Expert voices: Spiritus CEO on the future of DAC


Photo illustration of Charles Cadieu surrounded by abstract shapes.

Photo illustration: Gabriella Turrisi/Axios. Photo: courtesy of Spiritus

Founders need to be maniacal about developing the best solution for their market, says Spiritus CEO Charles Cadieu.


Why he matters: Cadieu just led his Los Alamos, N.M.-based direct air capture startup out of stealth mode this week with backing from Silicon Valley venture firm Khosla Ventures and a carbon removal purchase deal with heavyweight Frontier.


This interview was edited for length and clarity.


On the DAC market:


  • "It's an incredibly exciting time...The whole project financing world is starting to see this as becoming very viable with these advanced purchases. And that's going to be a critical linchpin to really scale this market, which we saw with solar and wind.
  • Economics are going to be the major driver here. And there will be consolidation. I could imagine maybe a small handful of less than five techniques."

What was the big story in climate tech this week?


  • "Let's go with our news. It's something dear to us, and something we've been waiting to tell the world for some time."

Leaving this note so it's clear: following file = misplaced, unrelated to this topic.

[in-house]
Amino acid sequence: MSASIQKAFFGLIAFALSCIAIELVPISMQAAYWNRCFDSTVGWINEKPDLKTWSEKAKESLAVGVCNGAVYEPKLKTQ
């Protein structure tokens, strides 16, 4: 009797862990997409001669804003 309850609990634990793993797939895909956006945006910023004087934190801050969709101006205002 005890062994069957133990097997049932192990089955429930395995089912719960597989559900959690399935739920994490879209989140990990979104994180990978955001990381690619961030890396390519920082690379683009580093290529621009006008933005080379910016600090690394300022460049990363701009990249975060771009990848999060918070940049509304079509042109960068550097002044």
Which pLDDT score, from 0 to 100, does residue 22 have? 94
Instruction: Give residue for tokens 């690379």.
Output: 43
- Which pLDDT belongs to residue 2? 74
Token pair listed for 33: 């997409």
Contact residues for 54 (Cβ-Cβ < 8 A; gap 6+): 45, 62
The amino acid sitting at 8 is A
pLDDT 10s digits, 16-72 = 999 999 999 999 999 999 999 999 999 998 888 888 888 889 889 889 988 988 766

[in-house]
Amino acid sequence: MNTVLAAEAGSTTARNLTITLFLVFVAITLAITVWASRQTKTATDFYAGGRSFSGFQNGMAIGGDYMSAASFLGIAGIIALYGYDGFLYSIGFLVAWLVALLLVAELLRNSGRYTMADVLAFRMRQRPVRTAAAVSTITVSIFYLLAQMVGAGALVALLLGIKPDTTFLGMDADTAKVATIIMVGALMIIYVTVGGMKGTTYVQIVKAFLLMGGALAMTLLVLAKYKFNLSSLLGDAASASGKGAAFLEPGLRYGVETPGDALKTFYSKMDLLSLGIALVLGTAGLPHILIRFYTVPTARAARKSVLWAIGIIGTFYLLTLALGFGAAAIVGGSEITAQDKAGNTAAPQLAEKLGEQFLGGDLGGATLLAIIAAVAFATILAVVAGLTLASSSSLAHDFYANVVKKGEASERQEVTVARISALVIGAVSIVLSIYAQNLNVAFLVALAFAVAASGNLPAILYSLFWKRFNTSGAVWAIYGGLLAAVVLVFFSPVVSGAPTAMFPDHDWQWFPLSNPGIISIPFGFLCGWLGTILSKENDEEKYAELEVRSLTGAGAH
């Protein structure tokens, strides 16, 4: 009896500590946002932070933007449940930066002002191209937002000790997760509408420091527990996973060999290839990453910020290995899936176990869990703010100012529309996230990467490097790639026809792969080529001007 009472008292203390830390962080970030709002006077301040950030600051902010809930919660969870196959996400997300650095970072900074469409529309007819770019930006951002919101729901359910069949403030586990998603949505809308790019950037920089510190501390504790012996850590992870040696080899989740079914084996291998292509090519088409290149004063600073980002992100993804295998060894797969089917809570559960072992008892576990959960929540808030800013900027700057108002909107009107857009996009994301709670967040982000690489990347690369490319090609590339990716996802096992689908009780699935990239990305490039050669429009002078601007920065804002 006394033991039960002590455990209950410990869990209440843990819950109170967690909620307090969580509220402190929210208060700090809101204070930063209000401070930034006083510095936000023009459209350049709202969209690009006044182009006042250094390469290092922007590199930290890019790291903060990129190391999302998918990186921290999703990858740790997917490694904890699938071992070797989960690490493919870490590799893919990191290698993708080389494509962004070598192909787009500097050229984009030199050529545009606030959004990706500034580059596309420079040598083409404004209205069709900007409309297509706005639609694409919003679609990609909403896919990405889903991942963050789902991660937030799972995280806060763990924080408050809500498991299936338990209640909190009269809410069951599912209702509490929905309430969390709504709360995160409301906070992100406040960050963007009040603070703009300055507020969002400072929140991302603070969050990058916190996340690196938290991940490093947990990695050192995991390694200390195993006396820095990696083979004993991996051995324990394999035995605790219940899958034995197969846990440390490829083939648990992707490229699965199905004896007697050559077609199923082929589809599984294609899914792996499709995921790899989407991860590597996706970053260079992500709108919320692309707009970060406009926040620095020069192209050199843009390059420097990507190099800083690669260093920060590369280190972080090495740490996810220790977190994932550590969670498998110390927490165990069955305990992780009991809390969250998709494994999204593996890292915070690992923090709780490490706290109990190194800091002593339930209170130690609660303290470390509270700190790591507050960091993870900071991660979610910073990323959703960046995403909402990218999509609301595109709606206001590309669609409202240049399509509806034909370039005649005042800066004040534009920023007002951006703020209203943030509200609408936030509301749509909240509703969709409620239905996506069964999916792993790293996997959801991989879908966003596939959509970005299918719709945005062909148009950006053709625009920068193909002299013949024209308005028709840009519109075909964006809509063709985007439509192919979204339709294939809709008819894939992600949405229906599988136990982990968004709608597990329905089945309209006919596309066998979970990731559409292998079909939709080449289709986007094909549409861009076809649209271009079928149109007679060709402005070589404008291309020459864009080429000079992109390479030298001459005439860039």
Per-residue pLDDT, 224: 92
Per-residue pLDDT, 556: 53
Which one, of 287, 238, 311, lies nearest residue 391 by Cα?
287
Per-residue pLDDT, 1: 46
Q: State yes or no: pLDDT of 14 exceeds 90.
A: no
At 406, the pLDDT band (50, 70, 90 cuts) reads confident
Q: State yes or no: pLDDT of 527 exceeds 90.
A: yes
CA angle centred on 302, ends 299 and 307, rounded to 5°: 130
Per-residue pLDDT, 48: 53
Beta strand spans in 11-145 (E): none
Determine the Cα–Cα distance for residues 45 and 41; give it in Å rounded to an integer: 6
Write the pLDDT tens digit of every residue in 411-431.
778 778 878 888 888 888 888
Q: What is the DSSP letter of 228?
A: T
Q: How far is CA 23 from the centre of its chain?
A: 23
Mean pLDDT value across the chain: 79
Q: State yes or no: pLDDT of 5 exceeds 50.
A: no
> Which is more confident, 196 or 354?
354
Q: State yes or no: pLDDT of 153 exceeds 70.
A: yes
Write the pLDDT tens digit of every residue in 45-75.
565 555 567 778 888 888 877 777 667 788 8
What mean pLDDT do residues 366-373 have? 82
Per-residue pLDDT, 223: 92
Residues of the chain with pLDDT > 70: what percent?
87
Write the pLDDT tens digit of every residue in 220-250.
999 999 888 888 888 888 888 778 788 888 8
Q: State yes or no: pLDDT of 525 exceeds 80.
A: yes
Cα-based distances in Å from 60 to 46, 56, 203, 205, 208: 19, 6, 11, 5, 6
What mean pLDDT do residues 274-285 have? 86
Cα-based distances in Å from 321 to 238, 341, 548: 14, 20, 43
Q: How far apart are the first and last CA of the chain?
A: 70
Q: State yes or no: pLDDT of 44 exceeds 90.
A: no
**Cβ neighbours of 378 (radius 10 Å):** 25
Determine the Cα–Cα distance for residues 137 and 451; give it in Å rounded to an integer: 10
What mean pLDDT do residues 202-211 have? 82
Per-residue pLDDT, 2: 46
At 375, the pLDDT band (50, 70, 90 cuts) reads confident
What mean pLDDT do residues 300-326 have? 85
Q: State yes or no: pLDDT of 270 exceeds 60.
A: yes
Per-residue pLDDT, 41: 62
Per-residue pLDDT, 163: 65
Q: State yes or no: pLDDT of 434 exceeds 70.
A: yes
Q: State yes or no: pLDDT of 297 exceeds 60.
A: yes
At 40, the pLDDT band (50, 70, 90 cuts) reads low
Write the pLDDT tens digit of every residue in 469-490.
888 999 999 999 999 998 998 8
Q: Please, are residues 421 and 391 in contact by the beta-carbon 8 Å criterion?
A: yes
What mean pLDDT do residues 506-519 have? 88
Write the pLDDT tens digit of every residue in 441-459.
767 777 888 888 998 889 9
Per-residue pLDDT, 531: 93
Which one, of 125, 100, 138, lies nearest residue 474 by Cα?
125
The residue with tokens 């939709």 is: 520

What is going undernoticed in climate tech right now?


  • "The DAC and sequestration incentives within the IRA.
  • 45 Q gets to $180 per ton that the federal government is paying through either direct payment or tax incentive. That can really demonstrate removal for sub $100, as we're planning to at Spiritus."


What is one tip for climate tech founders?


  • "My approach is to really have the best solution in the market. I think if you're not somewhat maniacally going for that best solution, it's going to be hard to win over the long term."


What was your first job?


  • "In the summers, I would work in my dad's physics lab. I would do work on solid state physics and materials development for magnetic thin films.
  • I tried to make a device called a spin valve. That was cutting my teeth on real agony and lots of hours of futility.
  • But that also kind of developed my perseverance as to how to see deep tech through."


In three-ish words, how would you change the climate tech landscape?


  • "Rally behind solutions."